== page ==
Calif. man gets 18 years for US ‘re­venge porn’ site

The China Post - - INTERNATIONAL -

A Cal­i­for­nia man who posted thou­sands of sex­u­ally ex­plicit pho­tos of men and women on a “re­venge porn” web­site was jailed for 18 years on Fri­day in what was de­scribed as the first case of its kind in U.S. crim­i­nal his­tory.

San Diego man Kevin Bol­laert, 28, was con­victed in Fe­bru­ary of run­ning a web­site that hosted more than 10,000 ex­plicit pho­to­graphs.

Cal­i­for­nia At­tor­ney Gen­eral Ka­mala Har­ris said it marked the first crim­i­nal pros­e­cu­tion of a cy­ber-ex­ploita­tion web­site op­er­a­tor in the United States.

Bol­laert’s web­site — ugotposted.com — was launched in De­cem­ber 2012, en­abling pho­to­graphs to be posted with­out the sub­ject’s per­mis­sion.

Bol­laert ran a par­al­lel site that then ex­torted in­di­vid­u­als up to US$350 each to re­move pho­to­graphs from the re­venge porn web­site.

Vic­tims of the scam spoke in court in San Diego on Fri­day as they de­scribed the dam­age done to their rep­u­ta­tions.

“My life has gone through a down-spi­ral,” one of Bol­laert’s vic­tims told Judge David Gill, adding that she had been os­tra- cized by her mother be­cause of the shame she brought on her fam­ily.

An­other vic­tim, Ni­cole, added: “I have a hard time ac­knowl­edg­ing Mr. Bol­laert as a hu­man be­ing. I can’t get away from the dev­as­ta­tion.”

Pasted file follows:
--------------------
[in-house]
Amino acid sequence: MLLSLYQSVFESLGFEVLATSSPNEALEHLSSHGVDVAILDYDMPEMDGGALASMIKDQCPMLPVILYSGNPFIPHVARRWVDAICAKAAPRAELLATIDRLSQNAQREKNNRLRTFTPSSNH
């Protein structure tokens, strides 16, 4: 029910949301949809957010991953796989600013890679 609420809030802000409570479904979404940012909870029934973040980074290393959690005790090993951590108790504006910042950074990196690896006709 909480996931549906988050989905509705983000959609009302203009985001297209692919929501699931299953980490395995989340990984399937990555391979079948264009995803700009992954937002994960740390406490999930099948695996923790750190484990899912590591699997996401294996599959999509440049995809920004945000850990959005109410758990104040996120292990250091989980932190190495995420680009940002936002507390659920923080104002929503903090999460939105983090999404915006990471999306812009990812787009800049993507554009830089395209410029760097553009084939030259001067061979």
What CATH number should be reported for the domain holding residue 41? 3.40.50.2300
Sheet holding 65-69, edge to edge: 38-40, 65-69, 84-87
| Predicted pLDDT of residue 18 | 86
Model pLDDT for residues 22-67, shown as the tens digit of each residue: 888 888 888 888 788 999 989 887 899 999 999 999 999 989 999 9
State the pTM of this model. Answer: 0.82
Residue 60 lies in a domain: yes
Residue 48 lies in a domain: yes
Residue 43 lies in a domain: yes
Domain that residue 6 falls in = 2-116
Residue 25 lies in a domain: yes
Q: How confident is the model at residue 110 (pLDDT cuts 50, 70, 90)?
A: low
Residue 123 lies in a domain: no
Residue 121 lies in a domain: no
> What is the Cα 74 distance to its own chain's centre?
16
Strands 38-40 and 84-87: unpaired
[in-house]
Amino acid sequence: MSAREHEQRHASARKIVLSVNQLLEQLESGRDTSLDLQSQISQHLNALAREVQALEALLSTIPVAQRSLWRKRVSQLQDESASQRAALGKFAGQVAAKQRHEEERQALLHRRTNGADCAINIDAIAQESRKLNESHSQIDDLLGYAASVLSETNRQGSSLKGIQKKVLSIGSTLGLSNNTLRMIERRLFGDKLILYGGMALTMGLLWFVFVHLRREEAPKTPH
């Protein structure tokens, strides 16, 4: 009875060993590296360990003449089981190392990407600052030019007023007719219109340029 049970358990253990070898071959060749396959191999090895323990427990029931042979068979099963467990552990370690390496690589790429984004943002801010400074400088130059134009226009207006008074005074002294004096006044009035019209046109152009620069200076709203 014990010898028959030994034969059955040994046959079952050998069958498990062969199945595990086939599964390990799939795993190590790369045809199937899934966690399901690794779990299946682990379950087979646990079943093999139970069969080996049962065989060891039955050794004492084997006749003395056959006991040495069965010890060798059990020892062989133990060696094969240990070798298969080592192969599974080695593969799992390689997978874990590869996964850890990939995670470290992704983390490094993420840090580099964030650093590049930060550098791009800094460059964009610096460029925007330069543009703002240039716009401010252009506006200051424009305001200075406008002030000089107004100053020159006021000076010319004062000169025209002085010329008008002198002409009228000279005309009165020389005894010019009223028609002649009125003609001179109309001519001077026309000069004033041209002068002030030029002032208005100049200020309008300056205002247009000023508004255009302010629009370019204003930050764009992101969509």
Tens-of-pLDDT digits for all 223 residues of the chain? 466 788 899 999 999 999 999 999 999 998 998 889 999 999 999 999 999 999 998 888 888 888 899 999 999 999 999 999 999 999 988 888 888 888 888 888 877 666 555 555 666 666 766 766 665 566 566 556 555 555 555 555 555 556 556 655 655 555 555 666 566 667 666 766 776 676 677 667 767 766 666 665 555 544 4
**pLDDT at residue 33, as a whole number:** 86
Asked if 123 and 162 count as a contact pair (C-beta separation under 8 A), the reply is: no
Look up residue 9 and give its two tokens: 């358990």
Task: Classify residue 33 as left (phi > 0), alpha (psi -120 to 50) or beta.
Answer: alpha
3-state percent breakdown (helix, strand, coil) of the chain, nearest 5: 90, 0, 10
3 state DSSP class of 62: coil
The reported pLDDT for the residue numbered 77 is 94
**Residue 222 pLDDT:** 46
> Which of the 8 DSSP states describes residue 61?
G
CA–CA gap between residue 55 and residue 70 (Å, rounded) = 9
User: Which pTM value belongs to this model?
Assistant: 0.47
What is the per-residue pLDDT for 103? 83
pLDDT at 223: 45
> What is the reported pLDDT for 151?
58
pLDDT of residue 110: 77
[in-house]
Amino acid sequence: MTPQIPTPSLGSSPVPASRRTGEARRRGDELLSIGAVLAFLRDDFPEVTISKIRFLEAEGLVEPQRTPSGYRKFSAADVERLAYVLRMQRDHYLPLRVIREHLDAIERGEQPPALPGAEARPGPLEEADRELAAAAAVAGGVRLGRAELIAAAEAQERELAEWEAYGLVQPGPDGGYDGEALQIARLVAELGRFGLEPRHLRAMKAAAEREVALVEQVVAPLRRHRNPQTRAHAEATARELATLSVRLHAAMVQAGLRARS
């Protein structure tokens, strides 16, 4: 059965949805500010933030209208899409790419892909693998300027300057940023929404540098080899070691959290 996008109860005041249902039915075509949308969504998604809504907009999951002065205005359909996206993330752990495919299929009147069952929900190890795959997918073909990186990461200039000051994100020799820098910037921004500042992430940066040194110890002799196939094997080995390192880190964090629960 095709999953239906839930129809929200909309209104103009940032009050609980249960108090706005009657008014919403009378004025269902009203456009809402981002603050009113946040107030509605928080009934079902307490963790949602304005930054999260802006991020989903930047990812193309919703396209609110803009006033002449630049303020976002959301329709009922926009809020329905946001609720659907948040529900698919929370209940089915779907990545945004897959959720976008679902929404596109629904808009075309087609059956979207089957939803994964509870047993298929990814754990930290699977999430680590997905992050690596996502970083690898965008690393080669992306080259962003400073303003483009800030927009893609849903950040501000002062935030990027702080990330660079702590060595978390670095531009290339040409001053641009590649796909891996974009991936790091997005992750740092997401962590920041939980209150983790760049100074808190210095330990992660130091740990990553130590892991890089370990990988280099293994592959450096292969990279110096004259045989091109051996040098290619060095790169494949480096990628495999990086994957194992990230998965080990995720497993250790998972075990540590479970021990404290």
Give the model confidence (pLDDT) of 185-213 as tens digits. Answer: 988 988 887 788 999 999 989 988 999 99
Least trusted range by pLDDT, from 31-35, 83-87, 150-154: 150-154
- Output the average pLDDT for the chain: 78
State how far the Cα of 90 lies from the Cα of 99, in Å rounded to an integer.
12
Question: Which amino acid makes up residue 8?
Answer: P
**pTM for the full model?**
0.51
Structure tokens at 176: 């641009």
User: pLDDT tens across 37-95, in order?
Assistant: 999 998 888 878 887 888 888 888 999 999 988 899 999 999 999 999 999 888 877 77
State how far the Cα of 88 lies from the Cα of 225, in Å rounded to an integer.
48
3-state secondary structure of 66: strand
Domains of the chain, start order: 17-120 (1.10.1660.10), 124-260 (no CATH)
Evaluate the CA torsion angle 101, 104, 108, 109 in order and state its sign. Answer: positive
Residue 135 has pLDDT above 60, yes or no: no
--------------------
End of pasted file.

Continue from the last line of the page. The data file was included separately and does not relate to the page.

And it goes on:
Un­like other re­venge porn web­sites where pho­tos are anony­mous, ugotposted.com re­quired the poster to in­clude the sub­ject’s full name, lo­ca­tion, age and Face­book pro­file link.

Bol­laert cre­ated a sec­ond web­site, changemyrep­u­ta­tion. com, which he used when in­di­vid­u­als con­tacted ugotposted.com ask­ing for their pho­tos to be re­moved from the site, earn­ing thou­sands of dol­lars in the process.

Bol­laert’s par­ents pleaded for le­niency, in­sist­ing their son was re­morse­ful. How­ever judge Gill called Bol­laert’s con­duct “out­ra­geous.”

Cal­i­for­nia at­tor­ney gen­eral Har­ris said Fri­day’s sen­tence “makes clear there will be se­vere con­se­quences for those that profit from the ex­ploita­tion of vic­tims on­line.”

“We will con­tinue to be vig­i­lant and in­ves­ti­gate and pros­e­cute those who com­mit th­ese de­plorable acts,” she said.

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